The Olivier Theatre is really impressive, if not in the legroom area - a much bigger concern than usual because of the sheer length of the play. On stage we were treated to various costumes rather than complicated sets, although the generous use of projected animation was well-done and added some charm to the production.

Overall though the play was way too long. It managed to stuff a lot in there, but this was at the cost of my attention span; as mentioned above EPVN could easily have been split into two. But not really, since the first three stories of immigration provide some kind legitimacy for the final one and they wouldn't have really worked otherwise. The length is enough for EPVN to just miss out on a recommendation, but if you do go to watch just make sure you can bear the three hours.

Film: Fast and Furious Click for more info

Girls! Cars! Muscle! Except not quite enough. It was definitely better than the embarrassing second and third parts to the franchise, if only 'cos it had Vin in it, but even he didn't distract from the shallow plot, two-bit script and weak characterisation.

I must admit that I was expecting a great deal more, something along the lines of The Fast and The Furious (yes, the titles had me baffed too), and so it's really disappointment that you're reading here. As a sequel it probably does enough, it's just a shame that the people who made this didn't learn anything from the middle two; even more so when we were led to believe it the return of the original cast would fix everything.

Worth a watch since it is fun enough. Just about.

Video of the Day Click for more info

Oh snap, epic Pwnage!

Nicked from Mash, here.

Monday, April 13

Hever Castle Click for more info

Day trips are fun. There's just something about loading up cars with people and food and heading off after breakfast that sets up the day to provide a magical time. Even the little things like parking together and buying group tickets adds to an occasion where even the threat of bad weather doesn't spoil things. In my earliest memories these group trips were largely made up of family - cousins and aunts and uncles. Now it seems that it's all friends. Not bad, but different.

Today we checked out Haver Castle in Kent. If you haven't heard of it, don't worry; most of us hadn't either. It just happened to be close and cheap enough to draw a large enough crowd (thirteen of us) to make it work. We were there in 45 minutes and it cost us 7 quid to get in.

The day was spent dossing, boating, eating, dossing and dossing. The boating was a massive laugh actually with none of us having anything even resembling sea legs. After a while things fell into place and we ended up playing a game of tag with the two boats we had under our command. I may be biased but I reckon our larger boat (of 8 people) totally out-rowed the other for most of the hour.

We also checked out the gardens and maze; a typically boys vs girls affair with a dare for the losing team. As the majority of the group went off to play rounders (or some other activity requiring an excess of energy) the remainder of us just sat and chilled, imagining that the sun was shining behind the overcast clouds. Still, at least it didn't rain for the whole day.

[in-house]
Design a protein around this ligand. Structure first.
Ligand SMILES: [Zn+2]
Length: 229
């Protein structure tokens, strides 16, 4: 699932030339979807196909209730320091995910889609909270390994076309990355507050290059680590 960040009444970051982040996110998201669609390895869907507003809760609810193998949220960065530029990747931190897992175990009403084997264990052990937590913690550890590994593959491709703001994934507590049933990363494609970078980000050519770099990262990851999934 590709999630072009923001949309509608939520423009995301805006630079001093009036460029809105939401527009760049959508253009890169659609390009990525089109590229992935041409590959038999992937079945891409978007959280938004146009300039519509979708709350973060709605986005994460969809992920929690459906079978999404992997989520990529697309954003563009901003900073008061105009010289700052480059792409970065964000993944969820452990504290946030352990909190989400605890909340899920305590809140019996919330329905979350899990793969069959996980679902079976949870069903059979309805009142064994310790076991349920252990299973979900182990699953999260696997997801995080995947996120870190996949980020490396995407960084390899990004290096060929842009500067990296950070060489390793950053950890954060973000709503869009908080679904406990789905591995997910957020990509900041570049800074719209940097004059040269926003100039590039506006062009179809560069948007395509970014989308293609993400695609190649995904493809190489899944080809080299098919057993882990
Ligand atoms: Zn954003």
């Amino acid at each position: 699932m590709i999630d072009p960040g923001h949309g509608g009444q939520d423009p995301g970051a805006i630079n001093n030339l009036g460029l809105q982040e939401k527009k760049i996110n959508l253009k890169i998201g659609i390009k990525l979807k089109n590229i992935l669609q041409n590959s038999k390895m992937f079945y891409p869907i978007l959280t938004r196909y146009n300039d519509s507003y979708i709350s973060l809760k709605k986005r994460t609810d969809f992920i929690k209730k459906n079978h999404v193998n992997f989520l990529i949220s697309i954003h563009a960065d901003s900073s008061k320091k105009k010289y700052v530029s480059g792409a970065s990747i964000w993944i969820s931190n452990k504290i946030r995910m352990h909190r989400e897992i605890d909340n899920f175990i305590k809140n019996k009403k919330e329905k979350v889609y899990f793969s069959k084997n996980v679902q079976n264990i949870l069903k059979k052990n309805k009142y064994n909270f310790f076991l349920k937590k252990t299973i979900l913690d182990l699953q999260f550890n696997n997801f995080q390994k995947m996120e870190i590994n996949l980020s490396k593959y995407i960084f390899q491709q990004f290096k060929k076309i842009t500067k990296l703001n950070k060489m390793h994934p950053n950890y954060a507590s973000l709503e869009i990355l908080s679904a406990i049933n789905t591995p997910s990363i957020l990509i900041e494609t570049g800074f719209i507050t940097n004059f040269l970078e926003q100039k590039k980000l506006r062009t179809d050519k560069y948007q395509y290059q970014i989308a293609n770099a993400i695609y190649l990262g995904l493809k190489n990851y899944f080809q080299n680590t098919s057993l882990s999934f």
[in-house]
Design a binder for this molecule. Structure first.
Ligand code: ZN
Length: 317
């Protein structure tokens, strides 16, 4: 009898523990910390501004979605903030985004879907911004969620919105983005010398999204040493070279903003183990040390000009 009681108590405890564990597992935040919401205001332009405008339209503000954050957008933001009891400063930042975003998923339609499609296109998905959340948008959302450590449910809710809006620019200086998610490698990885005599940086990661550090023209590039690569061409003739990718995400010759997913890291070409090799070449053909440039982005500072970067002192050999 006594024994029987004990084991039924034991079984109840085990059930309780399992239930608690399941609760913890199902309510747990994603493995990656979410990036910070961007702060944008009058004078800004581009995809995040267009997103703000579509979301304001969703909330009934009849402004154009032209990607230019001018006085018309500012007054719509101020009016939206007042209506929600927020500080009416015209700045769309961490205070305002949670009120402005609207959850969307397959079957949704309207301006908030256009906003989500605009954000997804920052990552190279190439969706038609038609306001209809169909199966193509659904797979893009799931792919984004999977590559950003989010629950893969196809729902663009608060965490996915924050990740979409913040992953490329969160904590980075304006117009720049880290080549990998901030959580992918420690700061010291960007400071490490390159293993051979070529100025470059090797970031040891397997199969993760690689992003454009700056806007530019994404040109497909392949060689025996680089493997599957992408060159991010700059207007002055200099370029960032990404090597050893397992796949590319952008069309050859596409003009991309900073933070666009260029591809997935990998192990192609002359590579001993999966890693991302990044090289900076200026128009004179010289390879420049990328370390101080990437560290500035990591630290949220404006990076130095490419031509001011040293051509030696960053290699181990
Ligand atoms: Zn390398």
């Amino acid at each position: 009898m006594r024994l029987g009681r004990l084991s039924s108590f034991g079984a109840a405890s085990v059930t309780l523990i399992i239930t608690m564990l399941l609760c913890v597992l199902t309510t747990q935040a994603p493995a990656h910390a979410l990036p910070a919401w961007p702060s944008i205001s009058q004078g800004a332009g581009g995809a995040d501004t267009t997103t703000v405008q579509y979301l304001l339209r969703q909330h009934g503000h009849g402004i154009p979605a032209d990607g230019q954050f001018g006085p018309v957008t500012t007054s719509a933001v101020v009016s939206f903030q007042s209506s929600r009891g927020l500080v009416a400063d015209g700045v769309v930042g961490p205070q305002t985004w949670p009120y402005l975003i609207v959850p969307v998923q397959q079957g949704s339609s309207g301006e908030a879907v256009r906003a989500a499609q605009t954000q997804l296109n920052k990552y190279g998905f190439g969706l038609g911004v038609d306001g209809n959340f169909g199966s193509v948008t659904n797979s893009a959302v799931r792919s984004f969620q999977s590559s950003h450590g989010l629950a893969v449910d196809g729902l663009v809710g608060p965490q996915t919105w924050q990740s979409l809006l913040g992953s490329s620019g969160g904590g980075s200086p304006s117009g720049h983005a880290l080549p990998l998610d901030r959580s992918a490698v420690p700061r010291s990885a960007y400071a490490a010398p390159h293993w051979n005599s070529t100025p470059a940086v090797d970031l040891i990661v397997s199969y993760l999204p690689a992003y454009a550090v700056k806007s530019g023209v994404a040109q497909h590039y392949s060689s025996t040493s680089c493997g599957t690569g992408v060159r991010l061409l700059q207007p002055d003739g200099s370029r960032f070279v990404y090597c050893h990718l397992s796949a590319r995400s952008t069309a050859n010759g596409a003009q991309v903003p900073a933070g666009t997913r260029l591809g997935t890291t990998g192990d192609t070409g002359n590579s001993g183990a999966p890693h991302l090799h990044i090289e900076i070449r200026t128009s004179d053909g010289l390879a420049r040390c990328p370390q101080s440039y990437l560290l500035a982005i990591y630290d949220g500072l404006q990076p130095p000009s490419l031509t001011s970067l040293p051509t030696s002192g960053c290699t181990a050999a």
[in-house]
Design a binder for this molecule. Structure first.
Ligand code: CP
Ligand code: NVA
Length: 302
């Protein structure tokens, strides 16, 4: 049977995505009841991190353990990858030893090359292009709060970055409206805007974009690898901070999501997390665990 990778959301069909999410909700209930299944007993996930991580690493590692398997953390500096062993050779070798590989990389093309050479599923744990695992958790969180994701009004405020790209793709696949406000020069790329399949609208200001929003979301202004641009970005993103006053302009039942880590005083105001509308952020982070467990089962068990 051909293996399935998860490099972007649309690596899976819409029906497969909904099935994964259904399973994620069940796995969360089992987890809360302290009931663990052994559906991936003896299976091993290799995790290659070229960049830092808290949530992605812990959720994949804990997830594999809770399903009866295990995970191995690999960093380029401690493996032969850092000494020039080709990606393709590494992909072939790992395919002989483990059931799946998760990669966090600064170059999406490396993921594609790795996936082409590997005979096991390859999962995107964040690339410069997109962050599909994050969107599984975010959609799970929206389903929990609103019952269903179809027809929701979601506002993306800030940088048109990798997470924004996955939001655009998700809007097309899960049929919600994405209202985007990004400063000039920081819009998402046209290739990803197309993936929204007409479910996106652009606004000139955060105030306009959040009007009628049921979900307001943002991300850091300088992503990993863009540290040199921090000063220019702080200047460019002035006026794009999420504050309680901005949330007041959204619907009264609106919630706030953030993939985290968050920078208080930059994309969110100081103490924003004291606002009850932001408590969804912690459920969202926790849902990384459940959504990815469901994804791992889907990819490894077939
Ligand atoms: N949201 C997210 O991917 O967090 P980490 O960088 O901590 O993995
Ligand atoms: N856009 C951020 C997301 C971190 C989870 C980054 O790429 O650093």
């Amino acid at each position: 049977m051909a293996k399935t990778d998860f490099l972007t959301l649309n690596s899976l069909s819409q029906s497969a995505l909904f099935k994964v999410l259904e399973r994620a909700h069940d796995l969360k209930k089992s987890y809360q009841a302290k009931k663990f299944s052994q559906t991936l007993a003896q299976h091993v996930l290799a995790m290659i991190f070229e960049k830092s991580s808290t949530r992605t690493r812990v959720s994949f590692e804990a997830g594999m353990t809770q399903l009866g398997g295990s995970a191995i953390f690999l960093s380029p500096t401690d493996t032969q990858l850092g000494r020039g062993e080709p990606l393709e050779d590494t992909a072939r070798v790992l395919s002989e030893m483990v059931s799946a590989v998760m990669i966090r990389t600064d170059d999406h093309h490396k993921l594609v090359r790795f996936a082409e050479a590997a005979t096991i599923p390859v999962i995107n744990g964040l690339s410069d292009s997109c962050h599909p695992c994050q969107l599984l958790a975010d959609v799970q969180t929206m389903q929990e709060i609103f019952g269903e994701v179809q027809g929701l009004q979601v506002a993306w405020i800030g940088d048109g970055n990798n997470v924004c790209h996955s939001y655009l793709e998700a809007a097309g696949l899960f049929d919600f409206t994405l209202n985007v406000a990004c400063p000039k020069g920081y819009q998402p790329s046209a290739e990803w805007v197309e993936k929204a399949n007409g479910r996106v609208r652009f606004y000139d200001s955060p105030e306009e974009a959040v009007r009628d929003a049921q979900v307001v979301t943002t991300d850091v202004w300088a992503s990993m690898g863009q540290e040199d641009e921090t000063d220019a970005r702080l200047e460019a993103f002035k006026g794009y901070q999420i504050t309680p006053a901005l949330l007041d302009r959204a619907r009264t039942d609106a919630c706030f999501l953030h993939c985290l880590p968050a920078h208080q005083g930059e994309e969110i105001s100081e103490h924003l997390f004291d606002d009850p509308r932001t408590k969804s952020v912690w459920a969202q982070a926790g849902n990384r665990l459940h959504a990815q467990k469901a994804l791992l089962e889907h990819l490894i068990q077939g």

We got chucked out at 6, us being the only ones still bringing in food from the cars towards closing time. We had already made the most of the day, but we unwinded at the home of one of the group; the perfect end to such a chilled out, fun and easy day.

Saturday, April 11

Film: 17 Again Click for more info

I like to think of myself as a secure enough chap. Still having said that it does take quite a bit to admit that I went to see this film - don't get me wrong, I have nothing against Zac Efron per se; I thought HSM was great (a fact those of you who've listened to my in-car music will attest to) despite our young hero and this even had Matthew Perry (swoon) to balance out any lingering prepubescent hormones. But still, this was one for the (teenage) ladies and that was probably enough to take it out of any running of what to watch on a Saturday afternoon. But the trailer looked fun so I thought I'd give it a try anyway.

It wasn't that bad. In fact there were plenty of laughs to be found amongst the skinny plot and hammy acting; I was slightly disappointed by the lack of any real feel good factor although I did care a bit about what was going to happen toward the end so there was definitely some kind of characterisation there.

Otherwise there's nothing particularly special about 17 Again: definitely watch it if you're a die hard Efron fan I guess, although even if you're not it won't be that painful by the end.

Thursday, April 9

Joke of the Day

What did one tampon say to the other tampon?
Nothing, they were both stuck up bitches.

Tuesday, April 7

Using Perl-like Regular Expressions in MySQL

Regular expressions are amazing. They allow you to parse bits of, search for patterns in and validate strings, all with a simple, uh, regular expression. For example the following represents any possible email address:


It's not my expression - Google has expressions for almost anything you want to find, and you can easily figure out your own quite easily for the rest.